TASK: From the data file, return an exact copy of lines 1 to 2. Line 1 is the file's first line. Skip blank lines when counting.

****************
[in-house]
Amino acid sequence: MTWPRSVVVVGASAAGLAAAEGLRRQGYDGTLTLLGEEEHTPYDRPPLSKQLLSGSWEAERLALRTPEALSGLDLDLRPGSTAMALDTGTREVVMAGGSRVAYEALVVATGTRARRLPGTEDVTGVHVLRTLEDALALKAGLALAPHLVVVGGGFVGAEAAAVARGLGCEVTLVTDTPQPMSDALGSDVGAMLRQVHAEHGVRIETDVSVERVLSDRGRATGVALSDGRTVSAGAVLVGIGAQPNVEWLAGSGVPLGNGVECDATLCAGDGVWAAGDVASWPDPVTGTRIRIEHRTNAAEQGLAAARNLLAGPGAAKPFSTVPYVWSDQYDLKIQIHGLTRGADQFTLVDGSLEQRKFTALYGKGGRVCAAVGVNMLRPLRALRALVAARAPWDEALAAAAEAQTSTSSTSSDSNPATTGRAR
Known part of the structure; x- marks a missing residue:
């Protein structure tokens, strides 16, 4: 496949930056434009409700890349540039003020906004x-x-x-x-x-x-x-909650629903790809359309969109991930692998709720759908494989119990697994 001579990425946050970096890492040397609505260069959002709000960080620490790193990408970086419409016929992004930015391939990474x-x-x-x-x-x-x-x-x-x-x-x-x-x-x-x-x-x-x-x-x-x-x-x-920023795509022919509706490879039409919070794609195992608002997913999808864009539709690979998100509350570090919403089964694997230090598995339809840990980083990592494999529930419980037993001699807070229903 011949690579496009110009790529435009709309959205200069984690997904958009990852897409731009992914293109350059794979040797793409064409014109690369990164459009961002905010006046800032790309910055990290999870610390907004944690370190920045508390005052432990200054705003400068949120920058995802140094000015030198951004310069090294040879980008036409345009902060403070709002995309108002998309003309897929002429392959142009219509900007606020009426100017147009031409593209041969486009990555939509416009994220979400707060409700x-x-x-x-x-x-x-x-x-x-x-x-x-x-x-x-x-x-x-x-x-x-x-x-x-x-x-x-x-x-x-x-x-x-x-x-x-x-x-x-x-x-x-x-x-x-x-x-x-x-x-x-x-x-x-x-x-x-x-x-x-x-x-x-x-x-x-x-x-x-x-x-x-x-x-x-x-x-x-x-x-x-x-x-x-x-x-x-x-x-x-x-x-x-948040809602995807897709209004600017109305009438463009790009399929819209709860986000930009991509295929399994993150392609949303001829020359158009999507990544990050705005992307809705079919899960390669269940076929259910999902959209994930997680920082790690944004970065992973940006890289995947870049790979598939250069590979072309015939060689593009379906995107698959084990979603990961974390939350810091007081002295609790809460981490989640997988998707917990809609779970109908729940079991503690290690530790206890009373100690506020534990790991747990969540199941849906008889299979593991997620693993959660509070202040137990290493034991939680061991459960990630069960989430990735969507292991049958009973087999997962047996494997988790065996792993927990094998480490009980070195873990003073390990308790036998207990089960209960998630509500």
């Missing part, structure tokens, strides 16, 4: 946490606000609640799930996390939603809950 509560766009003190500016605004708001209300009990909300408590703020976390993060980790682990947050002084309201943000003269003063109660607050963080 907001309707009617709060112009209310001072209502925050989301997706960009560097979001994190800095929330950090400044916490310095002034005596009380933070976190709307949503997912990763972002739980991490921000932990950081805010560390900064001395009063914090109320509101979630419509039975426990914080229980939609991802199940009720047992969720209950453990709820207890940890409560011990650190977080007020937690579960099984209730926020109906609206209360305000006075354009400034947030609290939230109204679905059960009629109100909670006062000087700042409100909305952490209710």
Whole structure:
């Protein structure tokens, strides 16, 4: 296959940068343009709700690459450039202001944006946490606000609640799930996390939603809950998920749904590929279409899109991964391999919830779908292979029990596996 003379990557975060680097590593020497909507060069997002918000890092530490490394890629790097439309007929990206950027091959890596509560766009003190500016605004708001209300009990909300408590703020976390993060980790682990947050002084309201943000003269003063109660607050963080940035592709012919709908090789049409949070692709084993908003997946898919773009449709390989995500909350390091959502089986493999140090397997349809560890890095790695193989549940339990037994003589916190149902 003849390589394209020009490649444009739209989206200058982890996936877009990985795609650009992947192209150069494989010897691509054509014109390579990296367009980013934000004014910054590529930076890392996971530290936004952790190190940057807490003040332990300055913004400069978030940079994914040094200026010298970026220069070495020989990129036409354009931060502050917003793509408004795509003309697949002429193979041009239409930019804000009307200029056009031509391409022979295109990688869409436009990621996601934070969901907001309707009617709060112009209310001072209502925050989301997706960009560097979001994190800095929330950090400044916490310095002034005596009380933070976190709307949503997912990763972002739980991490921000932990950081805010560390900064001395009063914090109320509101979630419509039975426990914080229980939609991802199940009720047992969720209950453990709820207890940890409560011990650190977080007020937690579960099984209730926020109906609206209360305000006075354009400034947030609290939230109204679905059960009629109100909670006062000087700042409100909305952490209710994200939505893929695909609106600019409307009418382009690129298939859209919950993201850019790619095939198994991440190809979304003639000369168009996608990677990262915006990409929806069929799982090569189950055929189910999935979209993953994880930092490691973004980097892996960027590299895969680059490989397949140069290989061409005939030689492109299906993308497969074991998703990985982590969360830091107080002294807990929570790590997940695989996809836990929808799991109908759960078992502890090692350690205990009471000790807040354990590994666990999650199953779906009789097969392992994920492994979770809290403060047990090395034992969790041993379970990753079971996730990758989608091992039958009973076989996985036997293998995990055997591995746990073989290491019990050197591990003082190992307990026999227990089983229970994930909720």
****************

[in-house]
Amino acid sequence: MTWPRSVVVVGASAAGLAAAEGLRRQGYDGTLTLLGEEEHTPYDRPPLSKQLLSGSWEAERLALRTPEALSGLDLDLRPGSTAMALDTGTREVVMAGGSRVAYEALVVATGTRARRLPGTEDVTGVHVLRTLEDALALKAGLALAPHLVVVGGGFVGAEAAAVARGLGCEVTLVTDTPQPMSDALGSDVGAMLRQVHAEHGVRIETDVSVERVLSDRGRATGVALSDGRTVSAGAVLVGIGAQPNVEWLAGSGVPLGNGVECDATLCAGDGVWAAGDVASWPDPVTGTRIRIEHRTNAAEQGLAAARNLLAGPGAAKPFSTVPYVWSDQYDLKIQIHGLTRGADQFTLVDGSLEQRKFTALYGKGGRVCAAVGVNMLRPLRALRALVAARAPWDEALAAAAEAQTSTSSTSSDSNPATTGRAR